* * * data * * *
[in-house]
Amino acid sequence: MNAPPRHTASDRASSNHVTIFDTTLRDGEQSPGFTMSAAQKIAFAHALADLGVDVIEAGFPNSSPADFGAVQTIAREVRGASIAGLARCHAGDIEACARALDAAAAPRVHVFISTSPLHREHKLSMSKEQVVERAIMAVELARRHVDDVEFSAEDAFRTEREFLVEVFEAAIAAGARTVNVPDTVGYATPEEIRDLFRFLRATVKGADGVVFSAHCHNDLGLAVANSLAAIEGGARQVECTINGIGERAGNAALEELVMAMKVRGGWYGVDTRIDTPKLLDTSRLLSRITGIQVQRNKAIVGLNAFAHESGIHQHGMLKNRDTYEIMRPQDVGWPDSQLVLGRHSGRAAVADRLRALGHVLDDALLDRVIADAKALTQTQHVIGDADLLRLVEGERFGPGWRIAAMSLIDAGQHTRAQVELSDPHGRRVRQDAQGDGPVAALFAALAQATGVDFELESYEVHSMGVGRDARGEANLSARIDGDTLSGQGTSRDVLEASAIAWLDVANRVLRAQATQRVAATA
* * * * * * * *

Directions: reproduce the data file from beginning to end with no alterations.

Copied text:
[in-house]
Amino acid sequence: MNAPPRHTASDRASSNHVTIFDTTLRDGEQSPGFTMSAAQKIAFAHALADLGVDVIEAGFPNSSPADFGAVQTIAREVRGASIAGLARCHAGDIEACARALDAAAAPRVHVFISTSPLHREHKLSMSKEQVVERAIMAVELARRHVDDVEFSAEDAFRTEREFLVEVFEAAIAAGARTVNVPDTVGYATPEEIRDLFRFLRATVKGADGVVFSAHCHNDLGLAVANSLAAIEGGARQVECTINGIGERAGNAALEELVMAMKVRGGWYGVDTRIDTPKLLDTSRLLSRITGIQVQRNKAIVGLNAFAHESGIHQHGMLKNRDTYEIMRPQDVGWPDSQLVLGRHSGRAAVADRLRALGHVLDDALLDRVIADAKALTQTQHVIGDADLLRLVEGERFGPGWRIAAMSLIDAGQHTRAQVELSDPHGRRVRQDAQGDGPVAALFAALAQATGVDFELESYEVHSMGVGRDARGEANLSARIDGDTLSGQGTSRDVLEASAIAWLDVANRVLRAQATQRVAATA